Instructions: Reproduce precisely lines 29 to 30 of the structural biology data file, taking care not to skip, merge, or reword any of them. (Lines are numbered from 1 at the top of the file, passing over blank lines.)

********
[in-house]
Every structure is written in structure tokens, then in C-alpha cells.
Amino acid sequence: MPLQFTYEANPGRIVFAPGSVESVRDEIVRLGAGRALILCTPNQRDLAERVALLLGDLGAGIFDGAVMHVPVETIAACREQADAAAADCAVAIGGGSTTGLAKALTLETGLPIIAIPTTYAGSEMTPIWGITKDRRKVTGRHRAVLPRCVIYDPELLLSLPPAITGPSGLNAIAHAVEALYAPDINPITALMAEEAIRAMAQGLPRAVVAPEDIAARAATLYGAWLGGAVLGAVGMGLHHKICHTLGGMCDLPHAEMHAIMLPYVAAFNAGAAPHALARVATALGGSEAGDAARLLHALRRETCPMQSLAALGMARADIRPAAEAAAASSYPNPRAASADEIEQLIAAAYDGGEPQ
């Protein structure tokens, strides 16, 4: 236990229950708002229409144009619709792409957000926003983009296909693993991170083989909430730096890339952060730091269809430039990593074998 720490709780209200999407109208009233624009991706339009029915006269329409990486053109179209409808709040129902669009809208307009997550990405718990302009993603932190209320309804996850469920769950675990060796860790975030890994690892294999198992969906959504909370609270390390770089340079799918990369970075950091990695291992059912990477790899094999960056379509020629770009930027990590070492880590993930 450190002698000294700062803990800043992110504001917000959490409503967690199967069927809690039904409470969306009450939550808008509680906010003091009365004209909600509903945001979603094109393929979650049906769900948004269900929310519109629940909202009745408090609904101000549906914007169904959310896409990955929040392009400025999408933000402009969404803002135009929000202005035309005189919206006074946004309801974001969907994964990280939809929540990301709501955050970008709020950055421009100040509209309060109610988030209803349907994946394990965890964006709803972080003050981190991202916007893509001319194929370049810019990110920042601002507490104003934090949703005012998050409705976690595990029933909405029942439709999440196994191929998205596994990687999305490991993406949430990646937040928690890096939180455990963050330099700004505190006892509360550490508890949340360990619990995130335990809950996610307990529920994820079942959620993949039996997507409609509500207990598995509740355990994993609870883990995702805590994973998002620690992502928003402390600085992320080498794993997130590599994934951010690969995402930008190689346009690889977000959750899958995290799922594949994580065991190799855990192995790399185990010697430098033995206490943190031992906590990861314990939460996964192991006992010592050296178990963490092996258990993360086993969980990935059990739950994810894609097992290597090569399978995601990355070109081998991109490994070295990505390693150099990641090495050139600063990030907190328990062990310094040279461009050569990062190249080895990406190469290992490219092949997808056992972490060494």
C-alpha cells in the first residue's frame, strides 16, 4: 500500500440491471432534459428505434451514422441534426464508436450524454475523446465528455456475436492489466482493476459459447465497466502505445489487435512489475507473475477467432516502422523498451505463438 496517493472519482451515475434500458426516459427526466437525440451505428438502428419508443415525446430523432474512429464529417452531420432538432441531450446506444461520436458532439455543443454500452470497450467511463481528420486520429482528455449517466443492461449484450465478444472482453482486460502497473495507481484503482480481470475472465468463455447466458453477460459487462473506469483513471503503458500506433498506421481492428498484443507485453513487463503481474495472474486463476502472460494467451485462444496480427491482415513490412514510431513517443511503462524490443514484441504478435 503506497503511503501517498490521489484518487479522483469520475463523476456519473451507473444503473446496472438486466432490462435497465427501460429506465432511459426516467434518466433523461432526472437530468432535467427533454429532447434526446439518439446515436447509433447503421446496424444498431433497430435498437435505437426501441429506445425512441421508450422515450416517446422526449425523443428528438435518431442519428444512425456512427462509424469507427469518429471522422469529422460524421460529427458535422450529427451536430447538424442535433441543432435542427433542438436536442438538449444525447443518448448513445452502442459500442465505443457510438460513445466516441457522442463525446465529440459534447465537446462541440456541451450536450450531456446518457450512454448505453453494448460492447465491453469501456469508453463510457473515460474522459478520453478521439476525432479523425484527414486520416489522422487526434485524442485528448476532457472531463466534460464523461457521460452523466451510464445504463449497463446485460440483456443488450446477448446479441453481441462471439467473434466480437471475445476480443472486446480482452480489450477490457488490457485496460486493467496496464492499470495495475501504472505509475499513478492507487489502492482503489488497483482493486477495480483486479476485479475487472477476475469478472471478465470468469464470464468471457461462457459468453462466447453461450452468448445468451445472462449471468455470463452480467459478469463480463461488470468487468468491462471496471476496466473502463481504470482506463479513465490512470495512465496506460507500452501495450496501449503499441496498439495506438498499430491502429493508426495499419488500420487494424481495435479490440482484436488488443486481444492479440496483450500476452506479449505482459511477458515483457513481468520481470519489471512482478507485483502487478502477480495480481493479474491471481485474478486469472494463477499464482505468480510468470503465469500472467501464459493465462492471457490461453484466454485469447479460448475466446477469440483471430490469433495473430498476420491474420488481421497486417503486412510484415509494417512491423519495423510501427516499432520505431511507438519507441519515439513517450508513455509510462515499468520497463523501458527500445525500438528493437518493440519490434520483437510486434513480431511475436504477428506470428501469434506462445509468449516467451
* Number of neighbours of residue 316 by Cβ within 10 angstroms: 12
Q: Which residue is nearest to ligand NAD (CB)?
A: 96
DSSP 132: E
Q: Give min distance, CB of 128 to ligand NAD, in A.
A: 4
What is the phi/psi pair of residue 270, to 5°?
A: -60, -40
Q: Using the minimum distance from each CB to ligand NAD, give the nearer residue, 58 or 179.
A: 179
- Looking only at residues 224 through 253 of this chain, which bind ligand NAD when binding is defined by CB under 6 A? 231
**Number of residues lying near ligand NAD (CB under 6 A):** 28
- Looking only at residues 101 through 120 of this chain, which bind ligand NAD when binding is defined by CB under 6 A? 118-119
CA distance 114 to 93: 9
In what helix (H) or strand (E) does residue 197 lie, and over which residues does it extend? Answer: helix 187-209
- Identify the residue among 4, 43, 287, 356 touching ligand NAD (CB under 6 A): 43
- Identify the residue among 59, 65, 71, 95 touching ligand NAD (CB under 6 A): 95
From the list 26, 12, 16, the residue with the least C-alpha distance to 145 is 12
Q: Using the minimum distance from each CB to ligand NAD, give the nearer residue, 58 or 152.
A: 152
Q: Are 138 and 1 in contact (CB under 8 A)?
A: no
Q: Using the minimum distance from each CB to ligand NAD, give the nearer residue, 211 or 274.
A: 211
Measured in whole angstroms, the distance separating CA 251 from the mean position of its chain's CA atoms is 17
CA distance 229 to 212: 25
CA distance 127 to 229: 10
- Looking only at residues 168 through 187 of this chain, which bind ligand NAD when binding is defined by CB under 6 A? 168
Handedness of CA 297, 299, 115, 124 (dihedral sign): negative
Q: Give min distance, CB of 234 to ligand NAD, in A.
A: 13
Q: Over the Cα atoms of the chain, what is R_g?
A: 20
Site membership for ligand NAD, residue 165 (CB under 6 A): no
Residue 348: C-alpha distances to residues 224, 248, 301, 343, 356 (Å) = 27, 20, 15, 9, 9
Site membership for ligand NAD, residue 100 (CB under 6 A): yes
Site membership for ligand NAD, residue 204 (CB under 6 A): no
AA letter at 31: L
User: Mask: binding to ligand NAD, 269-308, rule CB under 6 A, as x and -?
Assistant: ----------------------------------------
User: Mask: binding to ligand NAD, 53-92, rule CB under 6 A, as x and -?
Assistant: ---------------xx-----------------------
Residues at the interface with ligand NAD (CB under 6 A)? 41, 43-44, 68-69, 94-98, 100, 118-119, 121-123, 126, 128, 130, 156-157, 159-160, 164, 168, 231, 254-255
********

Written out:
A: 211
Measured in whole angstroms, the distance separating CA 251 from the mean position of its chain's CA atoms is 17